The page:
OSAKA — High concentrations of organic chlorine compounds that can cause cancer were detected in groundwater at Matsushita group factory sites, it was announced Tuesday.

A concentration of tetrachloroethylene detected in water under a Matsushita Electronic Instrument Corp. factory in Takatsuki, Osaka Prefecture, was 9,400 times higher than the environmental standard set by the government, according to the Takatsuki Municipal Government.

At a Matsushita Electronic Components Co. factory in Kadoma and a Matsushita Battery Industrial Co. plant in Moriguchi, both in Osaka Prefecture, cys-1,2-dichloroethylene was detected in the groundwater.

The water at the Kadoma factory had a concentration 500 times higher than the environmental standard, while that at the Moriguchi plant was 160 times higher, according to the prefecture. Matsushita officials said they have already taken steps to purify the water and prevent the contaminated water from flowing out of the sites.

The results of a concurrent study at 23 wells around the three sites show that only a well in Moriguchi contained such compounds, and the well’s water fell below the environmental standard.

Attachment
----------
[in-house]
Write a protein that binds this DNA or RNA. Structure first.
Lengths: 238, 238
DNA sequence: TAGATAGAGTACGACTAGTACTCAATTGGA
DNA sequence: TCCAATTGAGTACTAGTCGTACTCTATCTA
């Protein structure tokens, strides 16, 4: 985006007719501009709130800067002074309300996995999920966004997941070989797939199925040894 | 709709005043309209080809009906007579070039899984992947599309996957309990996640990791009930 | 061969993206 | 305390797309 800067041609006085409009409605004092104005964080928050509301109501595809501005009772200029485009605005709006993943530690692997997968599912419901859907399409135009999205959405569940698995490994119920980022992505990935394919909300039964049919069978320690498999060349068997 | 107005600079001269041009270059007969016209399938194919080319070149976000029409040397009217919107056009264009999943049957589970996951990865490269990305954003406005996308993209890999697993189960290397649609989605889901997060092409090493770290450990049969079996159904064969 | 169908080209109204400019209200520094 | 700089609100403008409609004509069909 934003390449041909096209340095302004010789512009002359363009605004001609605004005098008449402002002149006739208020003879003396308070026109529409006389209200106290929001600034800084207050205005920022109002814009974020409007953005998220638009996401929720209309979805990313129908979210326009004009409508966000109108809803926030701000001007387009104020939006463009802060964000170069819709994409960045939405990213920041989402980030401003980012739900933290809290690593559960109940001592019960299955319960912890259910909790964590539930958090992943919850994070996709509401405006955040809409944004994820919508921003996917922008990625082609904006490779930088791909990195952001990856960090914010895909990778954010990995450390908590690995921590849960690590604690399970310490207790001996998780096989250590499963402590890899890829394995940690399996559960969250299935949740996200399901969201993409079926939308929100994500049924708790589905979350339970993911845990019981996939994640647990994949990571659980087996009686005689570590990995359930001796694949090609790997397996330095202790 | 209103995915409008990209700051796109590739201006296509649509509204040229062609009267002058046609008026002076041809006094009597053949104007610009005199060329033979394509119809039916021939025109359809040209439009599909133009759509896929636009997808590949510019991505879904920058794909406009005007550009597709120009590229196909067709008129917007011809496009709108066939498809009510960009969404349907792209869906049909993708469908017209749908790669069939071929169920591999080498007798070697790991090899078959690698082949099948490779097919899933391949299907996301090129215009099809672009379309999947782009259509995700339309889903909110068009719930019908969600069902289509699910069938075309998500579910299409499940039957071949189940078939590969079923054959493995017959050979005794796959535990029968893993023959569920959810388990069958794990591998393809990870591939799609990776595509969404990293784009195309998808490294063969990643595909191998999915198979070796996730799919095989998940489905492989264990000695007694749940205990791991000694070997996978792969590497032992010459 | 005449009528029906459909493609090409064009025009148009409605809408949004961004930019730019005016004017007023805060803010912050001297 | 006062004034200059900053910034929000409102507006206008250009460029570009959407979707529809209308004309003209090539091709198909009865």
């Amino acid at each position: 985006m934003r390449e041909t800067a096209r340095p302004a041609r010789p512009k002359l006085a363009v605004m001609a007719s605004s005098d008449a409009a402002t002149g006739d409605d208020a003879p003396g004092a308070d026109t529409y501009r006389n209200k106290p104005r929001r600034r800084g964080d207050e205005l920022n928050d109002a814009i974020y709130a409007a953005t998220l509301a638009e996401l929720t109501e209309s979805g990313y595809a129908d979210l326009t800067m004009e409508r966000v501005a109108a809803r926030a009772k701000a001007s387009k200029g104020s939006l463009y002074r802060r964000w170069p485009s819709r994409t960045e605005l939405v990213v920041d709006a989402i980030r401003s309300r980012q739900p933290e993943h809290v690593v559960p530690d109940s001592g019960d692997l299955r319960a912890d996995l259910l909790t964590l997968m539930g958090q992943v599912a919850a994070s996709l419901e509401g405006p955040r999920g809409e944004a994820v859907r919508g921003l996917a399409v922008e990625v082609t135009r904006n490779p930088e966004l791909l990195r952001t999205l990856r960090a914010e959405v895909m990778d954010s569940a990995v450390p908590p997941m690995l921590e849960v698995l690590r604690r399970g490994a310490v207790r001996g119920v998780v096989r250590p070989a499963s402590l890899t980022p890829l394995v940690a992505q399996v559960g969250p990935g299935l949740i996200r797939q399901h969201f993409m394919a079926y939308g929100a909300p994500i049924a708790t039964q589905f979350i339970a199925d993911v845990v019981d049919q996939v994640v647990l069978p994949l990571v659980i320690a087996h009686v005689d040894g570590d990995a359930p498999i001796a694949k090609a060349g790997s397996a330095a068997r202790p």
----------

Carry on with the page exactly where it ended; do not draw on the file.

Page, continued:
At the Takatsuki plant, 524 tons of tetrachloroethylene had been used between 1966 and 1994 as washing liquid. Until the early 1990s, the Kadoma factory had used 1,000 tons of trichloroethylene, while the Moriguchi plant used 888 tons of the same chemical, Matsushita officials said.

Such industrial chemicals had been commonly used and were presumed to be safe until 1989, when law revisions mandated that measures be taken to prevent them from soaking into the ground. The chemicals are now believed to have hazardous effects on the human body, such as causing cancer.

In a related matter, trichloroethylene was detected in groundwater at a Toshiba Corp. factory in Ibaraki, Osaka Prefecture, the Osaka Prefectural Government said Tuesday.

The water had a concentration of the chemical, which is believed to cause cancer, three times higher than the environmental standard. The factory stopped using the chemical in 1975, according to the prefectural government.

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